(7th March 1924 - 5th December 2003)
‘Jack’, as he was known throughout the industry, was born John Deryk Lavender at Pitsmoor in Sheffield in 1924. Despite an early inclination to pursue an outdoor career in the Merchant Navy or the Forestry Commission, the lure of the steel industry proved to be too powerful and in 1939 he took his first job in the cogging mill at Firth Brown. Afflicted since childhood with asthma which prevented him from joining the forces, this tended to seal his fate and concentrated his mind on the steel industry. In Jack’s early work at Firth Browns he became involved with the X-ray examination of castings for aircraft. Later, joining the physics department, he became interested in X-ray crystallography and microradiography. It was at this time that he made his first contact with Roy Sharpe. He also began working on the development of high quality steels for the jet engine. Early influences on his career were such well respected men as Charles Sykes, Freddie Jones, Harry Kirkby and John Morley. During the 1950s Jack became Foundry Metallurgist at Firth Vickers and then in 1957 he moved to British Steel Casting Research Association at East Bank Road, Sheffield. Here Jack was introduced to the work which gave him the greatest personal satisfaction – developing ultrasonic techniques for castings.
In 1962 he started to develop training courses for operators testing castings, and courses and examinations for the Central Electricity Generating Board and City and Guilds formed the next phase of his work. During this time he had close associations with Harry Leah, Brian Jackson, Henry Carson and Charlie Abrahams, all of whom, throughout his lifetime, influenced his thoughts on aspects of NDT.
During his 20 years with BSCRA Jack made many contributions to the world of non-destructive testing in the form of lectures, papers and articles. He continued with research and he conducted training courses around the world. He was involved with Ron Halmshaw in early fluoroscopy and worked on the High Energy radiography of castings. He also patented a C-scan system. He contributed to committee work for British Standards, the International Institute of Welding and the City and Guilds of London Institute. He was a one-time secretary of SONDE, and on the Editorial Board of NDT International.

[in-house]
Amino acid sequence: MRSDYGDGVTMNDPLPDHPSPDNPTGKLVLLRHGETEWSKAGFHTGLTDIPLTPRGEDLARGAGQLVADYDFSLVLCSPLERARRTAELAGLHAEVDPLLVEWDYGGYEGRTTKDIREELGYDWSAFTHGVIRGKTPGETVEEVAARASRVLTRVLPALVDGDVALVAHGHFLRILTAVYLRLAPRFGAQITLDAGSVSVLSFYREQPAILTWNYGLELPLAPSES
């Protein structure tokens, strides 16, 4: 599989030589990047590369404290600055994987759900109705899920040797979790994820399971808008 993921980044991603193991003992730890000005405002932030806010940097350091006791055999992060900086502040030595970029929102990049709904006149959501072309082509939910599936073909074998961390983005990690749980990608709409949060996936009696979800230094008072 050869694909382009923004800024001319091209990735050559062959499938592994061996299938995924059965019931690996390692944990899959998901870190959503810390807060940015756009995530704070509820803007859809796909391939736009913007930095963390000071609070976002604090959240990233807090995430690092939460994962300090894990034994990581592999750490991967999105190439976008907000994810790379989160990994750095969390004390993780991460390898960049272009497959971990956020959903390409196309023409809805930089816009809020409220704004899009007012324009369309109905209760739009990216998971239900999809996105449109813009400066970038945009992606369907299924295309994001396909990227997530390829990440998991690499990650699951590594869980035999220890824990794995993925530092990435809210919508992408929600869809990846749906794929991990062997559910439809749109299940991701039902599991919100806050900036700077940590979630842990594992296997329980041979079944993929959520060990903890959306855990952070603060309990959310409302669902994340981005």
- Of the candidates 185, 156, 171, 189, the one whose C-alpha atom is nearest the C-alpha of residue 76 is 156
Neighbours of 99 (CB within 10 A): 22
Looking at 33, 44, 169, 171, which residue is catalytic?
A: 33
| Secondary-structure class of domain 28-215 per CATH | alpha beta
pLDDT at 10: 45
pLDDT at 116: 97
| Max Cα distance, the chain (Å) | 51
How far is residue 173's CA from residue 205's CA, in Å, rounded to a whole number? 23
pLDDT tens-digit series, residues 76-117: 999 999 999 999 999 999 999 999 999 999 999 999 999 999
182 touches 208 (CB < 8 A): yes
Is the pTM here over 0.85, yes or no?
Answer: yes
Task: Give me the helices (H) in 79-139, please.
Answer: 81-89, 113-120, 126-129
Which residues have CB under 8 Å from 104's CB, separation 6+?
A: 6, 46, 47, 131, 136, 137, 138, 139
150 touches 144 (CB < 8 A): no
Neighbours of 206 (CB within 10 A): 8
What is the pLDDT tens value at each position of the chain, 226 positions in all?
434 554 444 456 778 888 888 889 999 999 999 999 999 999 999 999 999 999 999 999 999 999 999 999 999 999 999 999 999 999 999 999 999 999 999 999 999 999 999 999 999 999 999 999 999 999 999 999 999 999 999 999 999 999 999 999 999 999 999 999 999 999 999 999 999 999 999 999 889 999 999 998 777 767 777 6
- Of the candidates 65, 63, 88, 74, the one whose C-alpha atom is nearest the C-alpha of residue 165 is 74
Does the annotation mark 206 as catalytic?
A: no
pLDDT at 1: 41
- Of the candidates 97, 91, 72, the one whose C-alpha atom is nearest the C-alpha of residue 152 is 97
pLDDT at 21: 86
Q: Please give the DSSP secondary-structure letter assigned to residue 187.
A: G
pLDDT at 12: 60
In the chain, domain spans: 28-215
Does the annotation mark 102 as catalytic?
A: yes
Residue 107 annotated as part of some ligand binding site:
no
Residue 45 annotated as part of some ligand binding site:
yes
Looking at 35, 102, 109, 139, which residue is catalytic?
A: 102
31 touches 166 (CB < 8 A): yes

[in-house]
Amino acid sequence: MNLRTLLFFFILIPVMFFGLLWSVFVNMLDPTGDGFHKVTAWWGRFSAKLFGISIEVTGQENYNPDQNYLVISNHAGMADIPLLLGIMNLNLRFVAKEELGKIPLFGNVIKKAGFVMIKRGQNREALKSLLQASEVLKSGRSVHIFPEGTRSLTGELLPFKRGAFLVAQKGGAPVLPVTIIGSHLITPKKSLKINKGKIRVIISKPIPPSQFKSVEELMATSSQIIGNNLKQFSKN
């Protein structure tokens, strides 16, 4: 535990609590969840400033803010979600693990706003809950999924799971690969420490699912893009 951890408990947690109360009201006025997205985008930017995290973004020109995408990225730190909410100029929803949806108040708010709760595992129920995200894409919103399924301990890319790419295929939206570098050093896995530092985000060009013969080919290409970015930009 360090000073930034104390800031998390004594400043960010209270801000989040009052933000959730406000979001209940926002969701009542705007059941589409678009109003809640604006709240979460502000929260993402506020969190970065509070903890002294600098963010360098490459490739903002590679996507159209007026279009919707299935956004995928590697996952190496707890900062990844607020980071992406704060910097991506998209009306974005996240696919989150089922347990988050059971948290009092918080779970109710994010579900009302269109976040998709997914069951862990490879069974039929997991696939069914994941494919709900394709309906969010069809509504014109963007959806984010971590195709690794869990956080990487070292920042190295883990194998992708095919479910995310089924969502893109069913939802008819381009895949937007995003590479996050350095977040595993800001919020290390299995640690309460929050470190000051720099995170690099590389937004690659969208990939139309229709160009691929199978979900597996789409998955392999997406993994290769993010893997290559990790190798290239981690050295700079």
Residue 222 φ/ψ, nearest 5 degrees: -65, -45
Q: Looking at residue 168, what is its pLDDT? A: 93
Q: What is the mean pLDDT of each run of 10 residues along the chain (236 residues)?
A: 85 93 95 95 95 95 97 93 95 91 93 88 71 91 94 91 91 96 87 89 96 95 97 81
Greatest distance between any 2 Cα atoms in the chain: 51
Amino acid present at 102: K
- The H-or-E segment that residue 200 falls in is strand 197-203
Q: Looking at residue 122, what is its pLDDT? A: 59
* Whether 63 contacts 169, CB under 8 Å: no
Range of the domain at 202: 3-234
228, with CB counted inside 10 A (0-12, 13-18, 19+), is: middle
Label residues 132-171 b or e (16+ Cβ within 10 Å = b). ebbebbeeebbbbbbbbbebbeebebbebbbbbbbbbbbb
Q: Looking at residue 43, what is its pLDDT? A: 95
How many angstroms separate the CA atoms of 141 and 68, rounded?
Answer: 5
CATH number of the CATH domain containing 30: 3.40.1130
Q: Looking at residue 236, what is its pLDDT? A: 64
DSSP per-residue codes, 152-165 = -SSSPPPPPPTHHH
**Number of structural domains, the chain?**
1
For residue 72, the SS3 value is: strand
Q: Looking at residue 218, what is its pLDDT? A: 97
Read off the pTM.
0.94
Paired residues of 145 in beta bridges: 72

In 1967 he lectured in Montreal at EXPO 67; in 1969 and 1975, he was awarded the Diploma of Honour by the Steel Founders Society of America through his lectures in Cleveland, Ohio. He was instrumental in establishing the SNT group under the British Institute of NDT following his organisation of an initial meeting in Sheffield with George Wheeler, a past President of ASNT in the early 1980s. Following on from these meetings, the ASNT North Atlantic Section was born in 1993 and Jack was one of its founder members.
In 1976 his son David encouraged Jack and his wife Joyce to establish the J D Lavender Partnership and together the three brought the Company into the eighties. The operators’ needs for high quality NDT training are, Jack always believed, best met by the SNT system of training and qualification.
Consequently, he became its champion in the UK. Jack himself became one of the first ASNT Level 3s in 1977 (UT, MT, PT, RT, FA 726), a Member of the Institute of Physics, a Chartered Physicist, a Fellow of the Institute of Metallurgy and a Fellow of the British Institute of Non-destructive Testing. In 1991 he became a Fellow of the American Society of NDT and later in 1997 an Honorary Fellow of the British Institute.
Son Stephen joined the family business in 1982 and together the Lavenders have continued to develop services to non-destructive testing with particular emphasis on quality training of operators. Jack’s ambitions for the Partnership are now being realised with the development of the NDT Centre at Penistone Station, Sheffield. Jack Lavender’s life has been devoted to the steel industry and, in particular, the NDT operator. All who have crossed his path will remember him as an honest and typically blunt Yorkshireman with a genuine concern for the NDT industry and the people in it.